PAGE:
I. Naydenova, S. Martin, R. Jallapuram, R. Howard, V. Toal, �??Investigations of the diffusion processes in self-processing acrylamide-based photopolymer system,�?? Applied Optics 43, 2900, (2004).
[CrossRef] [PubMed]

J. Mod. Opt. (1)

G. Zhao and P. Mourolis, �??Diffusion model of hologram formation in dry photopolymer materials,�?? J. Mod. Opt. 41 1929-1939 (1994).
[CrossRef]

J. Opt. A: Pure Appl. Opt. (1)

A. Marquez, C. Neipp, A. Belendez, J. Campos, I. Pascual, M. Yzuel and A. Fimia, �??Low spatial frequency characterization of holographic recording materials applied to correlation,�?? J. Opt. A: Pure Appl. Opt. 5, 175-182, (2003).
[CrossRef]

J. Opt. Soc. Am. B (3)

JOSA (1)

J. Jenney, �??Holographic recording with photopolymers�??, JOSA 60, 1155-1161, (1970).
[CrossRef]

Optics and Spectroscopy (1)

T. Smirnova and O. Sakhno, �??A mechanism of the relief-phase structure formation in self-developing photopolymers,�?? Optics and Spectroscopy 3, 126-131, (2001).

Pure Appl. Opt. (1)

C. Croutxe-Barghorn and D. Lougnot, �??Use of self-processing dry photopolymers for the generation of relief optical elements: a photochemical study,�?? Pure Appl. Opt. 5, 811-825, (1996).
[CrossRef]

Other (4)

S. Martin, �??A new photopolymer recording material for holographic applications: Photochemical and holographic studies towards an optimized system,�?? Ph.D. Thesis, School of Physics, (Dublin Institute of Technology, (1995).

Suzanne Martin, Izabela Naydenova , Raghavendra Jallapuram, Vincent Toal, Robert Howard, Centre for Industrial and Engineering Optics, DIT, Kevin street, Dublin 8, Dublin, Ireland, are preparing a manuscript to be called �??Two way diffusion model for the recording mechanism in a self developing dry acrylamide photopolymer�??

P. Munk, �??Introduction to macromolecular science�??, Wiley, New York, (2001).

P. W. Atkins, �??Physical chemistry�??, Fifth Ed., Oxford University Press, Oxford, (1994).

Cited By

OSA participates in CrossRef's Cited-By Linking service. Citing articles from OSA journals and other participating publishers are listed here.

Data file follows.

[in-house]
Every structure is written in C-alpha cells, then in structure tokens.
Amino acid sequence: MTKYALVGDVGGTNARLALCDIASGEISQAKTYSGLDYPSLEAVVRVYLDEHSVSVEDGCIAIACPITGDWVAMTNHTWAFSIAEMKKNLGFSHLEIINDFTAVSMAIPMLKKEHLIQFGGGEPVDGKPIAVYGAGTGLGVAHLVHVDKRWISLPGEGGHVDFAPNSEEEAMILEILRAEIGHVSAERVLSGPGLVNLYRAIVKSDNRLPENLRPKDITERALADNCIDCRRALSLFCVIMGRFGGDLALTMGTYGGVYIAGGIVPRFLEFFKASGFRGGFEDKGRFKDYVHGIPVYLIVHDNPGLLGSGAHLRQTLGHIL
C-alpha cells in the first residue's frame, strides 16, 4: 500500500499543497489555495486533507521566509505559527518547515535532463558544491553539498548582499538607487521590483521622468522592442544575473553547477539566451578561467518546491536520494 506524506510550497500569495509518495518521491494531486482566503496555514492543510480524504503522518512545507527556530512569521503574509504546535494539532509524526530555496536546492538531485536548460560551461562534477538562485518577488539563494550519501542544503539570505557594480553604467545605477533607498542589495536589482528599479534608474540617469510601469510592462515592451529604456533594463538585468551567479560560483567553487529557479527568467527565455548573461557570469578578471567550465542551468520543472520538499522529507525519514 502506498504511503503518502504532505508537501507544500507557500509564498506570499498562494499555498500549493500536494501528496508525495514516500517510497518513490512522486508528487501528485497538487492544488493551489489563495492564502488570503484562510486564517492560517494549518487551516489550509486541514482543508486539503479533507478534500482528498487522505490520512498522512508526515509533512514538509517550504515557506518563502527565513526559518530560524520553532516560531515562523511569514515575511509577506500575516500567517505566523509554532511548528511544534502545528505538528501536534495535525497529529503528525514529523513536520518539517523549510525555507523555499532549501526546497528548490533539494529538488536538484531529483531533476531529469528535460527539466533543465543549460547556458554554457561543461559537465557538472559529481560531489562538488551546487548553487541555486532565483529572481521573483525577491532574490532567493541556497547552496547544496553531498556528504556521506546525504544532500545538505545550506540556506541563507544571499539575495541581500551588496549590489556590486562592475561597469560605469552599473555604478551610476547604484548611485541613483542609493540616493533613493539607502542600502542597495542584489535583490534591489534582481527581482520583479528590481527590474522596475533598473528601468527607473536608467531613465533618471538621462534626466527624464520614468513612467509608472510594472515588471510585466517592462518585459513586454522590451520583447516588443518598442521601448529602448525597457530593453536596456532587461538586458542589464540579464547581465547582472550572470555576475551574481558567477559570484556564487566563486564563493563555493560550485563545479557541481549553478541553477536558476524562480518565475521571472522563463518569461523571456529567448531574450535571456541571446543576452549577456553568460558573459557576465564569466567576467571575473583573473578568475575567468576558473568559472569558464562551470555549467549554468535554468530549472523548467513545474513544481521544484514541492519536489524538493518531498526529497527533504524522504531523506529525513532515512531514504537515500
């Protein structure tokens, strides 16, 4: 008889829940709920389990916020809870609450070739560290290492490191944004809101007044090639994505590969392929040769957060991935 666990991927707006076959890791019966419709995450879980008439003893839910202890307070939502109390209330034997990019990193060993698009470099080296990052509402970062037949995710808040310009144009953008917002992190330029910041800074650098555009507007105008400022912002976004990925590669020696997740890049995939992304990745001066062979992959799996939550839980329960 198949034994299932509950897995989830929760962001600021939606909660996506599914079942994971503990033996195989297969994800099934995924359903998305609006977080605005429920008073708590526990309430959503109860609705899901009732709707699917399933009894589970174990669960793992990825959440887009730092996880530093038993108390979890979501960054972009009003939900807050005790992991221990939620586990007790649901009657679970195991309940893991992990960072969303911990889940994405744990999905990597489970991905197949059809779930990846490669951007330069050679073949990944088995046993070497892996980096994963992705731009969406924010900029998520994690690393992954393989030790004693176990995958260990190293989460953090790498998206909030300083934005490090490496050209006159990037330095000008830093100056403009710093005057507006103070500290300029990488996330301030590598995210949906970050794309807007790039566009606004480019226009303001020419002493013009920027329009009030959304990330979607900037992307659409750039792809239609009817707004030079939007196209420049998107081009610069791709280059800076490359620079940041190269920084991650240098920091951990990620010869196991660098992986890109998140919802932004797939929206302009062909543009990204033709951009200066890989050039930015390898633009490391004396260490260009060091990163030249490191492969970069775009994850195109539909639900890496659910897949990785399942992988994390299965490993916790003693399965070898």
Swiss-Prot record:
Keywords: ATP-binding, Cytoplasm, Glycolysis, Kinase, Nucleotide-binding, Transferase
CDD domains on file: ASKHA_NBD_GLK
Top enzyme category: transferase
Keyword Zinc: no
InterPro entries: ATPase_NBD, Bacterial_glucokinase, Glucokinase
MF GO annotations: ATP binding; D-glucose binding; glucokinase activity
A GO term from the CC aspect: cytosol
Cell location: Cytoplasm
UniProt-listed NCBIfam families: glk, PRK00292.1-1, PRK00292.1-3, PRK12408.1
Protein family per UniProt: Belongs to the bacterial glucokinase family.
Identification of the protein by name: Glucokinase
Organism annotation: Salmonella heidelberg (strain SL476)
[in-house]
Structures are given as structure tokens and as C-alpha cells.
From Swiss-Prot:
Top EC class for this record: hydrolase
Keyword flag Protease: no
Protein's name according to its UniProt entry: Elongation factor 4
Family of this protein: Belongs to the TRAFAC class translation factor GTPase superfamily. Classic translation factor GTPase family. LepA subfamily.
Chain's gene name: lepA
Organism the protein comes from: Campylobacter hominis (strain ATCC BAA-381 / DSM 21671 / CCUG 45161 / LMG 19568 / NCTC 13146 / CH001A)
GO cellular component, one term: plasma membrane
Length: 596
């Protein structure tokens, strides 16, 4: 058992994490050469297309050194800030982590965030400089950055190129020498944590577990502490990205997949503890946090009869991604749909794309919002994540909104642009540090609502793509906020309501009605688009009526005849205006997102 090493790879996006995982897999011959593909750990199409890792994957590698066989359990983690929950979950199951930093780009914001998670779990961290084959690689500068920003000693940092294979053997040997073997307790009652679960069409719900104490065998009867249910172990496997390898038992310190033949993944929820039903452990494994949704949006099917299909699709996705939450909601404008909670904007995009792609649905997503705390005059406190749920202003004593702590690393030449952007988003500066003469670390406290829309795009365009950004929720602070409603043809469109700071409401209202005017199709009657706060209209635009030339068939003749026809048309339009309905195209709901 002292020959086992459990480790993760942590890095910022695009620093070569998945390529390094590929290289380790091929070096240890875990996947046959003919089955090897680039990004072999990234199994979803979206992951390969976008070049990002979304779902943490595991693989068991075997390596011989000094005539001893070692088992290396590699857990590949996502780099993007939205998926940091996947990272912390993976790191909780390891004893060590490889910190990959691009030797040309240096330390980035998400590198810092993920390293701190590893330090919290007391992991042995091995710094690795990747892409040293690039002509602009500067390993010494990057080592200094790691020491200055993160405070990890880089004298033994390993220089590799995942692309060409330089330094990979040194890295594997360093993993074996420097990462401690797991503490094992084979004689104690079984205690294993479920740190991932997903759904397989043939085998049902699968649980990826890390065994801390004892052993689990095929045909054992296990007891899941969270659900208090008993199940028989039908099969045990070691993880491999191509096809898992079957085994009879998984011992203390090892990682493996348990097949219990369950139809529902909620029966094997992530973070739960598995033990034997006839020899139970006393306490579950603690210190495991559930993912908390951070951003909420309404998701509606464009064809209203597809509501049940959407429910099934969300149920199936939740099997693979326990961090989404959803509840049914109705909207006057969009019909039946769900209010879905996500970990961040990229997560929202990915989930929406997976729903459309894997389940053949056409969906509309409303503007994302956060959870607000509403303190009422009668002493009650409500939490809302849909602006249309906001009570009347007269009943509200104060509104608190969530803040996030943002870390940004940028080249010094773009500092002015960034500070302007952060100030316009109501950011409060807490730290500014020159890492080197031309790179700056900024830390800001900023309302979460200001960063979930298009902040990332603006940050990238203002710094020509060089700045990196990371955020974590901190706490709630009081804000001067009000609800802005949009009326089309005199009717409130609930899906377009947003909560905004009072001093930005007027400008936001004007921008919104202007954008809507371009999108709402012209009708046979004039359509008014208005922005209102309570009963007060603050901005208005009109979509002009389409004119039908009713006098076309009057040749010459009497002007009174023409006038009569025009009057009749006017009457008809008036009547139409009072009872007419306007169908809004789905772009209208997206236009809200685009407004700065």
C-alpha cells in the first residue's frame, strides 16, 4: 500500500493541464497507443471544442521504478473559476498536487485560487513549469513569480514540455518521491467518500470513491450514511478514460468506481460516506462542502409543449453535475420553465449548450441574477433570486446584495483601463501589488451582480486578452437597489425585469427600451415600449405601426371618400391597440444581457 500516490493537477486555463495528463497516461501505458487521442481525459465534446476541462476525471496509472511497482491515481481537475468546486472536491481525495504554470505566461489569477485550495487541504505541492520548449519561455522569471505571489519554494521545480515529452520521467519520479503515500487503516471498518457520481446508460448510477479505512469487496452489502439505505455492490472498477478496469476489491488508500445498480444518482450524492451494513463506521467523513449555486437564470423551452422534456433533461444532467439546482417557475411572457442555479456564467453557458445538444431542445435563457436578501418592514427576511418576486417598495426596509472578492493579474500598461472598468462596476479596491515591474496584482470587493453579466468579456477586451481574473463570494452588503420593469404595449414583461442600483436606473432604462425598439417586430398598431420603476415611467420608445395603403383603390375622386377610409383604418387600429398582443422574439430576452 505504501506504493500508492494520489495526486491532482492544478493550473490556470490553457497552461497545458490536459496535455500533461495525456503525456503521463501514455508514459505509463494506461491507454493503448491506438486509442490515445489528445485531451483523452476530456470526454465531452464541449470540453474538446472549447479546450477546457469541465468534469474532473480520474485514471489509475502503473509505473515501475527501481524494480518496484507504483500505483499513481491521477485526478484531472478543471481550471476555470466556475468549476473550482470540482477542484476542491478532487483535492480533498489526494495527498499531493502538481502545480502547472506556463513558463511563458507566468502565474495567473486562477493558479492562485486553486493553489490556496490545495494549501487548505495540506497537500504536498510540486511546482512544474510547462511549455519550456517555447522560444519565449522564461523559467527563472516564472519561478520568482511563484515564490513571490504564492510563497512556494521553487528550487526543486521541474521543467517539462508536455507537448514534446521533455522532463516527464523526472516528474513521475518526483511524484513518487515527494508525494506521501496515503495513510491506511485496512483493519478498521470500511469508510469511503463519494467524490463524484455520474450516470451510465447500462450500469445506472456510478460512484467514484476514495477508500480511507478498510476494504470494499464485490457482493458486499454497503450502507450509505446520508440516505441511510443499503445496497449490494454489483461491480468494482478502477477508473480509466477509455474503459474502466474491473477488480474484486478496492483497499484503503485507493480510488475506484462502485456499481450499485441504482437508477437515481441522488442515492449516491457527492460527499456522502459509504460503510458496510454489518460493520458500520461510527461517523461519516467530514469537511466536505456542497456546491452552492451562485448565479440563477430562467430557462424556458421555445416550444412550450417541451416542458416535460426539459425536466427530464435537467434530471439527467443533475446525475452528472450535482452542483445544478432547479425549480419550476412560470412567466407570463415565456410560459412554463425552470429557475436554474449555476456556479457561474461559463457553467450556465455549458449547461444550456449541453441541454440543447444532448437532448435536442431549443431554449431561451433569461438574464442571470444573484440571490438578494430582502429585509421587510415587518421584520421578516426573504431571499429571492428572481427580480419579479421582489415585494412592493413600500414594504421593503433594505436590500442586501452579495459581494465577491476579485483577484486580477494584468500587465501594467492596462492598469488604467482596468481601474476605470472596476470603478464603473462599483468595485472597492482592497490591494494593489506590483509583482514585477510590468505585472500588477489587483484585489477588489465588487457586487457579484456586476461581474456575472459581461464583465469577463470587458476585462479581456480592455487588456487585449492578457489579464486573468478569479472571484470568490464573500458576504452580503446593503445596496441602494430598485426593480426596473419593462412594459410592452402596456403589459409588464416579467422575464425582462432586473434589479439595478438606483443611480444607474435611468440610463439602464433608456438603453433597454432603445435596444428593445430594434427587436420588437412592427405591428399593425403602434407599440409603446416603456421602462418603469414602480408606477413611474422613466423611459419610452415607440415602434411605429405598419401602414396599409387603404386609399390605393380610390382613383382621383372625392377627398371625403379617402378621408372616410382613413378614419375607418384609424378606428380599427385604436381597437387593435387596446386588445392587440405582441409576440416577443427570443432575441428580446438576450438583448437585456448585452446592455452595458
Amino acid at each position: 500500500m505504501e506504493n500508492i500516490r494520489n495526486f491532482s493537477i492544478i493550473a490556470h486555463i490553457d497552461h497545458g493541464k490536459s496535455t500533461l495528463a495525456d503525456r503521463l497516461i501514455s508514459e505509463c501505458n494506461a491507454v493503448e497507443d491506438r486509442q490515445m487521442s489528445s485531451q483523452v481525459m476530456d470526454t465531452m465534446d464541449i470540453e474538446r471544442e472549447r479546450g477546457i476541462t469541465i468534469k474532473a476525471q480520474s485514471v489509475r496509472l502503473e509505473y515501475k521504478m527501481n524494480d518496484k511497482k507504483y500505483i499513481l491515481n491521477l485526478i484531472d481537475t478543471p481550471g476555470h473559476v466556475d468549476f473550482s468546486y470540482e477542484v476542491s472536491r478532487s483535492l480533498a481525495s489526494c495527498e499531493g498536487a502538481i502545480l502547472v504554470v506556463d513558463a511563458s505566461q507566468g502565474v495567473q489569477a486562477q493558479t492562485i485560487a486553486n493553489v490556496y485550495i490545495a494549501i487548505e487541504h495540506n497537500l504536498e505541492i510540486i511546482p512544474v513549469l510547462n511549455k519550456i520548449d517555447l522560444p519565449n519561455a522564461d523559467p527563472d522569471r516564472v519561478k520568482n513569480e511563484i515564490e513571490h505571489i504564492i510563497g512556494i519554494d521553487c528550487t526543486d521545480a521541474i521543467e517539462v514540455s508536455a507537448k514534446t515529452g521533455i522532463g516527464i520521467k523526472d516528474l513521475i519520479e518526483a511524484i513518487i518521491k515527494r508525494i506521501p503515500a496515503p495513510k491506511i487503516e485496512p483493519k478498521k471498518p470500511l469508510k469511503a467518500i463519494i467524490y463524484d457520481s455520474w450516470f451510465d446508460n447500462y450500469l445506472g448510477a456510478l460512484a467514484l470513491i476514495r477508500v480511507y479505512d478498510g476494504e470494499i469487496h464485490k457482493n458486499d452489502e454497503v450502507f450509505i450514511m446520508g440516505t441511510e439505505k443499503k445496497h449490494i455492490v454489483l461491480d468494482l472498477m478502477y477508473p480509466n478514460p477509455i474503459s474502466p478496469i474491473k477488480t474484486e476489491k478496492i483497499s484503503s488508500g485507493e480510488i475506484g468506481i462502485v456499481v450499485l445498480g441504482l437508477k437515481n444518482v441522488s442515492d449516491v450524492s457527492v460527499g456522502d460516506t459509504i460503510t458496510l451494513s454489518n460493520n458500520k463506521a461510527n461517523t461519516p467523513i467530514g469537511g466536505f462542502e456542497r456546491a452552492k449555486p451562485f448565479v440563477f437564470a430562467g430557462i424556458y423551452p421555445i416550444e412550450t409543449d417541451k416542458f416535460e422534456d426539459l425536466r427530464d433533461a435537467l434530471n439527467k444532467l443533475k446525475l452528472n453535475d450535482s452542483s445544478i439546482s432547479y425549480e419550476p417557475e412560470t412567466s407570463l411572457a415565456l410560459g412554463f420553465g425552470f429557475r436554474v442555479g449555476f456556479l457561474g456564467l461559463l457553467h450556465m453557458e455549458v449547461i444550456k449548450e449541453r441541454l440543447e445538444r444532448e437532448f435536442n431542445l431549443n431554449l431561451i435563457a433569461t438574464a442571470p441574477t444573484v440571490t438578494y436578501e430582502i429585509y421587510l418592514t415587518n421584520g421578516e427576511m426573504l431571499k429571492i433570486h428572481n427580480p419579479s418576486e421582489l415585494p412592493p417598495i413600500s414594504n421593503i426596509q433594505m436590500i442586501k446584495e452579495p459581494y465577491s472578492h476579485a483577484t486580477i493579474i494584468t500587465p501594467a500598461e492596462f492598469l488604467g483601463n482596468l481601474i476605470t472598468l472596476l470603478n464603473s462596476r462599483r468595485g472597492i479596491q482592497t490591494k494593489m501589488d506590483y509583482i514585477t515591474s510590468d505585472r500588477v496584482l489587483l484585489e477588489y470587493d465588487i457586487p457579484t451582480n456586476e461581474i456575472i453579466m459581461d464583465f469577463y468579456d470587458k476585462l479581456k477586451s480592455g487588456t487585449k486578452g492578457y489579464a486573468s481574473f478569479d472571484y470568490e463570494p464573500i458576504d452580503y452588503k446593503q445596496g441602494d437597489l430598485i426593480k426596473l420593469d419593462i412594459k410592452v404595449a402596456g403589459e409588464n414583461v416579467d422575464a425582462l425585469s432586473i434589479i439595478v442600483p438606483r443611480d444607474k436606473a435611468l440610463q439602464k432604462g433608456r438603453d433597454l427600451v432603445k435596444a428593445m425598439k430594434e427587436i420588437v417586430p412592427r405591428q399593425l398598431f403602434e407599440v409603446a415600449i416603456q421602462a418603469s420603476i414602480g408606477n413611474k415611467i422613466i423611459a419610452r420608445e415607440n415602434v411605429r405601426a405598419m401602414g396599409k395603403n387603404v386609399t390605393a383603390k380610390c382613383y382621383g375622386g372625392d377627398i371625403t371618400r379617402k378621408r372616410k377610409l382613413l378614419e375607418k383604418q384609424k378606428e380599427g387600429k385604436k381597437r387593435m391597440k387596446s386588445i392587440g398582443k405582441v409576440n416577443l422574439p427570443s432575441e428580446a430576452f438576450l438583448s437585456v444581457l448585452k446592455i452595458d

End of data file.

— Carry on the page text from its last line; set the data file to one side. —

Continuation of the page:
Alert me when this article is cited.


Figures (9)

Fig. 1.
Fig. 1.

Holographic set-up of recording at spatial frequencies above 100 l/mm a) and below 100 l/mm b), SF-spatial filter, CL- collimating lens, PS — photopolymer sample, M- mirror, S — shutter, SC — shutter controller.

Fig. 2.
Fig. 2.

Patterns recording. After recording of the first grating a) the sample is rotated at 90° and a second grating with the same b) or different spatial frequency c) is recorded.

Fig. 3.
Fig. 3.

Position of the surface relief peaks when a simple diffraction grating is recorded. Light illumination leads to well distinguished consecutive bleached and unbleached stripes. a) Surface scan with Dektak_3 profiler equipped with video camera correlates the position of the peaks with the bleached regions b). PL- photopolymer, GS — glass substrate.

Fig. 4.
Fig. 4.

Surface relief modulation in µm at spatial frequency of 10 l/mm after recording for 0.5 s (a), 10 s (b), 30 s (c) and 90 s (d). The recording intensity is 2.5mW/cm2.

Fig. 5.
Fig. 5.

Intensity dependence at spatial frequency of recording of 10 l/mm a) and 100 l/mm b).

Fig. 6.
Fig. 6.

Dependence of the surface relief amplitude on the spatial frequency of recording. The surface is scanned after recording for 30 s at 532 nm with intensity of 2mW/cm2. The error is within the size of the symbols.

Fig. 7.
Fig. 7.

The diaphragm of the WLI profiler a) was imaged on the photopolymer film surface and the examined with phase contrast microscope b).

Fig. 8.
Fig. 8.

The boundary between the illuminated and dark region, marked with the black rectangle in Fig.7b) was studied after different times of exposure from 5 to 1800 s c). The formation and the development of the two counter propagating waves at the edge of illuminated and non illuminated areas are observed.

Fig. 9.
Fig. 9.

Patterns inscribed after two consequent recordings using the same spatial frequency a) and changing the spatial frequency between the two recordings b).

Equations (1)

Equations on this page are rendered with MathJax. Learn more.

x d = 2 Dt π ,

Metrics